When names as big as Gojira and Katatonia both release new music on the same day, if you wait more than a few hours to write about it, the odds are that almost everyone who cares about those bands has already been clued in by someone else. But I’m writing about these developments anyway because “Half-Assed” is my middle name and I feel compelled to live up to it. And I’ll throw in a few other new developments that have been somewhat less pervasively recognized across the web.
As I read Rolling Stone’s interview/listening-session (here) with the Duplantier brothers that appeared yesterday, I became increasingly uneasy. Reading Kory Grow’s descriptions of some of the songs from Gojira’s forthcoming new album that he heard while talking with the brothers in their New York City studio made me fear that Gojira have become a French variant of Mastodon, making a big sweeping turn into radio-friendly rock. Will their first video for the album include twerking?
I mean, the fact that the brothers chose Rolling Stone as the platform for this big album preview was itself worrisome, though we do get such valuable insights as the fact that Joe Duplantier “has long brown hair” and Mario “wears a hat and seems generally more reserved”. Even potentially more worrisome was the statement that “the band has taken a different route with the album compared to past riff-fests”, coupled with references to “almost-industrial rhythm[s]”, “brittle guitar line[s]”, “almost gothier riff[s]”, “Joe singing a monk-like chant”, “Joe sing[ing], again not screaming”, “sorrowful, gothy vocals”, flutes and cowbells, and lots of four-minute songs because “people’s attentions are shorter now” (Joe’s words). In the final paragraph, Grow writes, “they’re eager to show a different side of themselves on the new record and see how their fans react to it”.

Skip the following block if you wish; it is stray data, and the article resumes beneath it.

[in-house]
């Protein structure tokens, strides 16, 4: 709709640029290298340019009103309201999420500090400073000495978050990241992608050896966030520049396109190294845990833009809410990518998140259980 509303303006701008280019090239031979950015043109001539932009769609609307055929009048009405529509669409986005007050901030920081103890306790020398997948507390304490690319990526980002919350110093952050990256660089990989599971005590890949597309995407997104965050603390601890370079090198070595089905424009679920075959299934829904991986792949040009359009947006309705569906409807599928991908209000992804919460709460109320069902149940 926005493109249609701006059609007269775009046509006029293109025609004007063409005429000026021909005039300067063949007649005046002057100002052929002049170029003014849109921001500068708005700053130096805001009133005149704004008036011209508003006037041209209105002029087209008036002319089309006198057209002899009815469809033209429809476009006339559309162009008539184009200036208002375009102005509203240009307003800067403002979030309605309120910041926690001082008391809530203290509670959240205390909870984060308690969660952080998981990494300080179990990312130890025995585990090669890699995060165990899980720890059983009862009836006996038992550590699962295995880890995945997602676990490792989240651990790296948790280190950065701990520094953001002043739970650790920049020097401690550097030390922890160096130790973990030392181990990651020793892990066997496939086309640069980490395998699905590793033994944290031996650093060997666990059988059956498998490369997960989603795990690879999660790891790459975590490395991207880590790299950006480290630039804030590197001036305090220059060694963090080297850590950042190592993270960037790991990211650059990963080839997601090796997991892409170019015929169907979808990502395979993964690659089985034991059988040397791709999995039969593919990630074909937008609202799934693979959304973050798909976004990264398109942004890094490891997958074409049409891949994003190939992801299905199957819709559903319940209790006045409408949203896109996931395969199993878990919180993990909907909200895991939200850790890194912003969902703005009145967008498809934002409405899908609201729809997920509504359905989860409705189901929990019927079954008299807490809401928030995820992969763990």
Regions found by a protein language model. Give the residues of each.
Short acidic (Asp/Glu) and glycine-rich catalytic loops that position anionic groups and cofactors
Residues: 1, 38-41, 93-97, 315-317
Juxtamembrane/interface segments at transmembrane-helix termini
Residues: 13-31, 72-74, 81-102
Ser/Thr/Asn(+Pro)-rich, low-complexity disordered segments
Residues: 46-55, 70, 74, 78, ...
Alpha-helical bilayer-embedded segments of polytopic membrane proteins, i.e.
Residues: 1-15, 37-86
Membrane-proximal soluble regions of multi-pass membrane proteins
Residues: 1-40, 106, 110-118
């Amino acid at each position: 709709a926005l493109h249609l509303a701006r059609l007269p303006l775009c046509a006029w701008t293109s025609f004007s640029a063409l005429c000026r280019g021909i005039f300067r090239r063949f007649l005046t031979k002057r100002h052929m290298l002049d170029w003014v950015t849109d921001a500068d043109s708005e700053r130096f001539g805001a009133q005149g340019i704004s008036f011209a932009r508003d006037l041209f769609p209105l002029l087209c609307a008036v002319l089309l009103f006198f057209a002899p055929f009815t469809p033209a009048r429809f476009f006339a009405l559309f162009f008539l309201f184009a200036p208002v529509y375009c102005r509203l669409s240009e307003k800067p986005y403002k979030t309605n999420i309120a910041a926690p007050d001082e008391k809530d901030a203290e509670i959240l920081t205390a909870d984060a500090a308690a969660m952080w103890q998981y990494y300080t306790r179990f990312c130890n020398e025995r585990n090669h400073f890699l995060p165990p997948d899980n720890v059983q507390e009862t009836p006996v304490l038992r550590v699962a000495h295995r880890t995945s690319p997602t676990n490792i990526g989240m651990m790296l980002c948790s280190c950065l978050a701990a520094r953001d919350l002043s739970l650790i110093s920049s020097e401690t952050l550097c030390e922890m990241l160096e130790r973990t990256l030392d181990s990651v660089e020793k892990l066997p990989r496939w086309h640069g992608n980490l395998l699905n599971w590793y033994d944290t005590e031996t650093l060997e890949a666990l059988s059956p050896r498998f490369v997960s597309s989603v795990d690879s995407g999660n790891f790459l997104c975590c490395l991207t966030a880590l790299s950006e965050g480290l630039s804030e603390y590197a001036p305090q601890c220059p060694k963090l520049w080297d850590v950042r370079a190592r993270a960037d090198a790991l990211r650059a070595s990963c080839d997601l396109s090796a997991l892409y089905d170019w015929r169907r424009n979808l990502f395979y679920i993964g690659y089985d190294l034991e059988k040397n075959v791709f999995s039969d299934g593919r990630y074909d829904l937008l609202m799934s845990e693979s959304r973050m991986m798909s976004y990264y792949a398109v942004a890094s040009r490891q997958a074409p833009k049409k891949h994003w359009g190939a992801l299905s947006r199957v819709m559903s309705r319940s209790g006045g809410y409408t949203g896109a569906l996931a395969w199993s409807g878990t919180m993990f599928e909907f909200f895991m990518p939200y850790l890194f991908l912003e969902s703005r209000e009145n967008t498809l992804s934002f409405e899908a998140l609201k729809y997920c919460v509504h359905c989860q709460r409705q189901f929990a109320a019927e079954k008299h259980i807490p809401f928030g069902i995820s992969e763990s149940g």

After all that, about a group one of our former writers proclaimed almost six years ago “the best metal band in the world” (in a post that is even today the fourth most-viewed thing we’ve ever published), I was feeling a lot less eager to hear the music than the brothers are to share it.
And then I heard the 70 seconds of new music that accompanied this generally disturbing write-up, and my worries eased — they’re not erased, but eased. What do you think?
Yesterday Katatonia revealed a lyric video for the first single from their new album The Fall of Hearts, which is coming out on May 20 via Peaceville. The song is called “Old Heart Falls”. Of course, it’s an exception to our “Rule”. The video is cleverly done, and the song… is a Katatonia song. It took one listen for it to get stuck in my head.
I must admit that although I did kind of get into that Katatonia song, I felt in need of something nastier as a follow-up… something from a band named GOATCHRIST.
I learned of this band and this next song (“Xeper”) because it’s the opening track on a free compilation named Hammer Smashed Faith III, released just days ago via Bandcamp by Blackened Death Records. There are 13 bands on this comp, some of whom I’ve heard of before. So why did I pick this one as a way of cleansing my palette after Katatonia? Because it was the first song on the comp. Also, GOATCHRIST.
The band in question is the alter ego of an English multi-instrumental musician named Dominator Xul’Ahabra. According to Metal-Archives, Goatchrist has released two demos, four singles, and an EP since 2014. But this particular song, “Xeper”, appears to be a track from a forthcoming debut album named Pathei Mathos, on which Dominator is joined by collaborators on vocals (Lord Mordor, of the US black metal band Sol Evil) and bass (Angmaer, from Wolverhampton, UK).
Based on the band’s name, I was expecting raw, bestial black metal — which was kind of what I was in the mood for — but “Xeper” delivered something much more interesting. The opening riff is an immediate grabber, and the song doesn’t lose its grip after it starts rumbling ahead. The track includes alternating segments of pulsating rhythm and wisps of infernal keyboard melody that made me think of a hellish carnival. It also includes a fuzzy, psychedelic guitar solo that comes across like a throwback to the late ’60s or early ’70s (even more so than the song as a whole), plus a surprising (and very good) burst of clean singing to go along with the nasty croaking. Very cool occult rock… and very addictive.
I’ve embedded the full stream of the Hammer Smashed Faith III comp below. I haven’t listened to all the songs yet, but I did randomly pick the tracks by Thy Demise and Necrolytic Goat Converter, and those are two winners, so I think it will be worth running through the rest.